So because a biguanide kills by affecting the cell wall and cell membrane, it may not be very effective against a micro-organism with a very strong cell wall. That kind of micro-organism will be naturally resistant to the effects of a biguanide.
This strong coat means that in this state the endospore can be very difficult to kill, as it will resist the effects of gamma irradiation and many disinfectants. Chlorines and Hydrogen Peroxide are two disinfectants that do have an effect on endospores, and are often referred to as sporicidal. Chlorines can increase the permeability of the endospore coat and Hydrogen Peroxide can remove proteins from the coat.
We also must consider that if we only use a disinfectant that kills bacteria but not viruses, we are creating the conditions for viruses to thrive. We are creating an environment where viruses will flourish, and the disinfectant we have chosen to try and prevent this from happening will be unable to make an impact.
EU-GMP guidelines recommend that you clean thoroughly, have a written cleaning programme and, if using disinfectants, use more than one. The reason you need to go that far is to prevent resistance. This means naturally occurring resistance, where microbes are just not affected by a particular disinfectant and also selection for resistant strains where microbes that were once controlled by a disinfectant, have developed resistant strains that are no longer controlled by the same disinfectant.
We use different types of disinfectant with different active chemicals because they have different modes of action. This means that they are effective against different types of microbe, and using more than 1 allows you to maximise your kill spectrum. There are many factors which will affect the type and frequency of disinfectant you choose to use including your process and cleanroom class, residues, what format it is available in, how easy it is to use and the environmental impact, amongst others. So, as a guide it seems sensible to rotate 3 agents - an alcohol, another general disinfectant and a sporicide.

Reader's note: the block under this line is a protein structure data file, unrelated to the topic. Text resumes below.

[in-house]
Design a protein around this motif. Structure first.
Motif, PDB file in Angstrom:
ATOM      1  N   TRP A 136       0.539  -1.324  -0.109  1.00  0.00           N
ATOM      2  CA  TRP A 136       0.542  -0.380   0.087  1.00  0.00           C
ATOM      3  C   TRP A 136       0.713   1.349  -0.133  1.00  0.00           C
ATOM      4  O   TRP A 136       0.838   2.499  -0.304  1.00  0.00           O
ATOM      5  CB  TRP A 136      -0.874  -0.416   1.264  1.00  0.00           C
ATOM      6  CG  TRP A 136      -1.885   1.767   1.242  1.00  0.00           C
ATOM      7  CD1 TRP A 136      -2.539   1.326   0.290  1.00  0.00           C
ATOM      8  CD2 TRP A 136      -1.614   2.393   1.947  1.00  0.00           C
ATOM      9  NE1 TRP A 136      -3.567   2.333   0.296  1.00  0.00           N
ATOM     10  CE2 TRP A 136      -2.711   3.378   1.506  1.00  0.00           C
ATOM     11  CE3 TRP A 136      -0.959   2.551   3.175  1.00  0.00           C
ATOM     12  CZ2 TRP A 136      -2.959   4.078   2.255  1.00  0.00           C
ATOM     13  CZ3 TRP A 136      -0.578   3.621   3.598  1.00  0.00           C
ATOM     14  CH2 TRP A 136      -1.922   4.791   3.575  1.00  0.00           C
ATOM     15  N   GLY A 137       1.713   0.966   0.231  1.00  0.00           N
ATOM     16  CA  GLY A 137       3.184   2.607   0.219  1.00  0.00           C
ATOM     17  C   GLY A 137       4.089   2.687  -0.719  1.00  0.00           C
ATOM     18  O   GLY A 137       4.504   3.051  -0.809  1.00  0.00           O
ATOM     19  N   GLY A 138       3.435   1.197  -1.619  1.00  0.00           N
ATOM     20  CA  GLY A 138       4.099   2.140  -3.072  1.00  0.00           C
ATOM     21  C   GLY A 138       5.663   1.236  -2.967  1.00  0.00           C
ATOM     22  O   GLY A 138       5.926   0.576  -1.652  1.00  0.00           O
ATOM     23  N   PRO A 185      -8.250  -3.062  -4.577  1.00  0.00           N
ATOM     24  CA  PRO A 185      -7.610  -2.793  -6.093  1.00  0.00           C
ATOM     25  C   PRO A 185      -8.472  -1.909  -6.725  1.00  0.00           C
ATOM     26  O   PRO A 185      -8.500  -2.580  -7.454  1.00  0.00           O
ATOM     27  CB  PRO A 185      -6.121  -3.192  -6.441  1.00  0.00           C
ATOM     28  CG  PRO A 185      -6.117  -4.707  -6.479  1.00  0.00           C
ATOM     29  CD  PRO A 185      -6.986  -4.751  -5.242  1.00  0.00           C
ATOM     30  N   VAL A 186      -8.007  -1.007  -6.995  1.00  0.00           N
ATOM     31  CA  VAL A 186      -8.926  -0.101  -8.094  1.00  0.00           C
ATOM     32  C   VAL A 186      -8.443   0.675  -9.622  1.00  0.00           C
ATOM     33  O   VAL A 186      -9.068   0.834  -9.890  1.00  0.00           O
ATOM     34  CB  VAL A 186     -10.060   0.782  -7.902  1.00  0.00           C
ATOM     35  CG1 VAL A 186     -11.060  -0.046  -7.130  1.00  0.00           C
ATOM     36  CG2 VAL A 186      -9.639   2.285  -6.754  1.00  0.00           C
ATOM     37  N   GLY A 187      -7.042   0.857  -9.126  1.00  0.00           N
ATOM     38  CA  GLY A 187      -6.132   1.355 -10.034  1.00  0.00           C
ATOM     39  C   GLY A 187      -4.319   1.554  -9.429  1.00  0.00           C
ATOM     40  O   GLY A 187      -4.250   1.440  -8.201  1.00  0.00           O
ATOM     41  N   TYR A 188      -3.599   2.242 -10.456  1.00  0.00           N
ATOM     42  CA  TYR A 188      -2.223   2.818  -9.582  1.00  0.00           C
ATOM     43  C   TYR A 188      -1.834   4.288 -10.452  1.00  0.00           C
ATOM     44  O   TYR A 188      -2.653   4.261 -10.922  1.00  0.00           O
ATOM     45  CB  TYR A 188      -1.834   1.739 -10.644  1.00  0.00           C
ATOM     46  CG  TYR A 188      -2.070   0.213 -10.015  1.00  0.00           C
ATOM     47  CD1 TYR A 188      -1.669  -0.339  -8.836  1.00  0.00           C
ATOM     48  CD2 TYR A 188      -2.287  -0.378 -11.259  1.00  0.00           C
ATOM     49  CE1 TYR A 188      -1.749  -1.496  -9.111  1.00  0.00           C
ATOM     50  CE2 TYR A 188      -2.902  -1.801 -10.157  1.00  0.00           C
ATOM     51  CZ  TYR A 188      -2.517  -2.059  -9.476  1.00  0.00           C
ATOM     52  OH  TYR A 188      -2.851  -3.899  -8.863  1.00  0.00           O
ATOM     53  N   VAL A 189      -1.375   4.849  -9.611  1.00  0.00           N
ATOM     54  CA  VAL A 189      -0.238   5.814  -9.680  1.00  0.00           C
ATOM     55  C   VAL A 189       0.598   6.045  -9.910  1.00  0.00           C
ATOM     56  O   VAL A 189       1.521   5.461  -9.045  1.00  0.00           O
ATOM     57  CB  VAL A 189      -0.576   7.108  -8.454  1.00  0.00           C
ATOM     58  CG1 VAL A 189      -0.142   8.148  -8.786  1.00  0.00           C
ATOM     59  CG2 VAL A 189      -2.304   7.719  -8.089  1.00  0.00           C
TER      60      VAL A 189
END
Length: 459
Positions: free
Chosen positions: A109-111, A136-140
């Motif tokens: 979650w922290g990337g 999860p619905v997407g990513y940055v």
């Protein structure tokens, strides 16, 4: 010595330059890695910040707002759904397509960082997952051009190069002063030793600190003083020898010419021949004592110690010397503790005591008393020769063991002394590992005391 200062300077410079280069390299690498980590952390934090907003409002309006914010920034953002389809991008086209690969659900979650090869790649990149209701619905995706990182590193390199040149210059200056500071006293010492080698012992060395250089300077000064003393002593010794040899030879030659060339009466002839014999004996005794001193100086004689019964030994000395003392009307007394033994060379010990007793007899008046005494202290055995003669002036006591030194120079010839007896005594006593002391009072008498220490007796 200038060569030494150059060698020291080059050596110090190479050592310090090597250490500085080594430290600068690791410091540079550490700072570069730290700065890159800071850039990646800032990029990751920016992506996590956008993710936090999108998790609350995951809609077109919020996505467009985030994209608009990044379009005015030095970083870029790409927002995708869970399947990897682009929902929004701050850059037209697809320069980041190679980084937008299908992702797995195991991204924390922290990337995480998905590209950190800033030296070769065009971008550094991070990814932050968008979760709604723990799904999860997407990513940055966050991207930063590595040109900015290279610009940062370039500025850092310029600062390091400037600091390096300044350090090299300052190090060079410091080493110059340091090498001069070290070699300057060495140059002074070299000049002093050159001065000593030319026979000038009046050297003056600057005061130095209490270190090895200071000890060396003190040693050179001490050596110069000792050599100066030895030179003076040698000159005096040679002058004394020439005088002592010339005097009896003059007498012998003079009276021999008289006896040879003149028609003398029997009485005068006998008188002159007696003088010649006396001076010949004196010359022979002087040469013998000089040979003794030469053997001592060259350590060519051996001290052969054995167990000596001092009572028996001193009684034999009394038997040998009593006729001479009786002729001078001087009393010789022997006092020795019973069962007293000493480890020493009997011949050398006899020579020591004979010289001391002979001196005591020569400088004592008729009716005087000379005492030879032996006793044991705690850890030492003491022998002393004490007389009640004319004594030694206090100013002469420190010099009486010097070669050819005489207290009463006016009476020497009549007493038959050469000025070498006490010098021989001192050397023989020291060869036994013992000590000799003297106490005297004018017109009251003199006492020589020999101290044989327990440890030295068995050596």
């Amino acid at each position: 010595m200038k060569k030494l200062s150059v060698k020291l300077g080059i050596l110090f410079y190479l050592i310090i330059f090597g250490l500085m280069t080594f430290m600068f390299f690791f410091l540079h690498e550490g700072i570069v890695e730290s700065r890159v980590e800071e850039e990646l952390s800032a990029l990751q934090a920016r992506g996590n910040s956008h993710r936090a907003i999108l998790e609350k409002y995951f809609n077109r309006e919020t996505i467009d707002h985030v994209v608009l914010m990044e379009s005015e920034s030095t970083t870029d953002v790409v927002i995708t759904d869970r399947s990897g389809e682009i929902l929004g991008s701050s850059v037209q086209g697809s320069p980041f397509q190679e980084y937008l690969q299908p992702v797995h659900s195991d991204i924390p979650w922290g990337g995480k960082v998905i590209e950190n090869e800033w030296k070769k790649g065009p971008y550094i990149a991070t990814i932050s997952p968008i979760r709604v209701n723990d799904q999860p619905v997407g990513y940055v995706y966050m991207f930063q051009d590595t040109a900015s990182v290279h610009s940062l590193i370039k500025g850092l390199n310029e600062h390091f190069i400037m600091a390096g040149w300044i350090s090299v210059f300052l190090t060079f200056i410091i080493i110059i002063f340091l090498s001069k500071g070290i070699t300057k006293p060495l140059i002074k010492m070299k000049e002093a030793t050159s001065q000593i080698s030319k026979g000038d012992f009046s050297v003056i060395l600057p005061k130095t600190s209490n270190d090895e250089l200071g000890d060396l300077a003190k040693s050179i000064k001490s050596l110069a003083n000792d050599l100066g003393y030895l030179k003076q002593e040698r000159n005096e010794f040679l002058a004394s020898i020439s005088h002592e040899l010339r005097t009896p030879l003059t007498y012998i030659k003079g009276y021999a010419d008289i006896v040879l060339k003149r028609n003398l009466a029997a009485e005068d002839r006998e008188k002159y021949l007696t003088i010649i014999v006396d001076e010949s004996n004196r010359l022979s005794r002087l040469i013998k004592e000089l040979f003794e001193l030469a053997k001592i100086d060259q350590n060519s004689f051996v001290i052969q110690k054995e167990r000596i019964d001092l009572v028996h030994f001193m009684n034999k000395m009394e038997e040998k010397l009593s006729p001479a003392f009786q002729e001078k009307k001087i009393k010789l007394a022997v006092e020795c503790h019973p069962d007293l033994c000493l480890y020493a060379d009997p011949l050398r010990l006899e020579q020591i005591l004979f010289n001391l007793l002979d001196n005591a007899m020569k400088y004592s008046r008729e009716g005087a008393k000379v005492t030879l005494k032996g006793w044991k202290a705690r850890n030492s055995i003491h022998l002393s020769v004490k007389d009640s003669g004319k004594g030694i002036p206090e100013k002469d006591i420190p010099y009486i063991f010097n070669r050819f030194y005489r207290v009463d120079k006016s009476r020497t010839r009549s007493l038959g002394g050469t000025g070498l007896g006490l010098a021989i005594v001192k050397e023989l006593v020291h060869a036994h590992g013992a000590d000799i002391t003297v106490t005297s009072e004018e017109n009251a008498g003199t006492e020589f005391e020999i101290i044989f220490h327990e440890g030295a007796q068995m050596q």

1. Sandle, T. (2012) A guide to cleaning & disinfecting cleanrooms, Surrey: Grosvenor House Publishing.
2. Whyte, W. (2010) Cleanroom Technology, Fundamentals of design, testing and operation, West Sussex: John Wiley & Sons Ltd.
3. Araújo, P. Lemos, M. Mergulhão. Melo, L. Simões, M. (2011) Antimicrobial resistance to disinfectants in bio-films, Science against microbial pathogens: communicating current research and technological advances, p826.
4. Sartain, E. (2005) Disinfectant Rotation, Available: www.cemag.us/print/articles/2005/03/disinfectant-rotation.
5. Martinez, J.E. (2009) The rotation of disinfectants principle: true or false? Available: http://www.pharmtech.com/pharmtech/Article/The-Rotation-of-Disinfectants-Principle-True-or-Fa/ArticleStandard/Article/detail/580032
6. "Annex 1: Manufacture of Sterile Medicinal Products," Good Manufacturing Practice (GMP) Guidelines (Brussels, Nov, 2008), Available: http://ec.europa.eu/health/files/eudralex/vol-4/2008_11_25_gmp-an1_en.pdf
7. McDonnell, G. Denver Russell, A. (1999) Antiseptics and disinfectants: activity, action and resistance, Clinical Microbiology Reviews, Jan 1999, vol 12. No 1 147-179.
8. Critical Cleaning Bulletin (2007) contact Weitzel, S. Critical Process Cleaning, CANI, Inc, Available: http://cdn.shopify.com/s/files/1/0186/2832/files/BULLETIN_selection_and_rotation_of_disinfectants.pdf?380
9. Guideline for disinfectant and sterilization in healthcare facilities, 2008, Centers for Disease Control and Prevention, Available: http://www.cdc.gov/hicpac/disinfection_sterilization/6_0disinfection.html
10. "Part 1: Classification of air cleanliness” Cleanrooms and associated controlled environments, The European Standard EN ISO 14644-1:1999.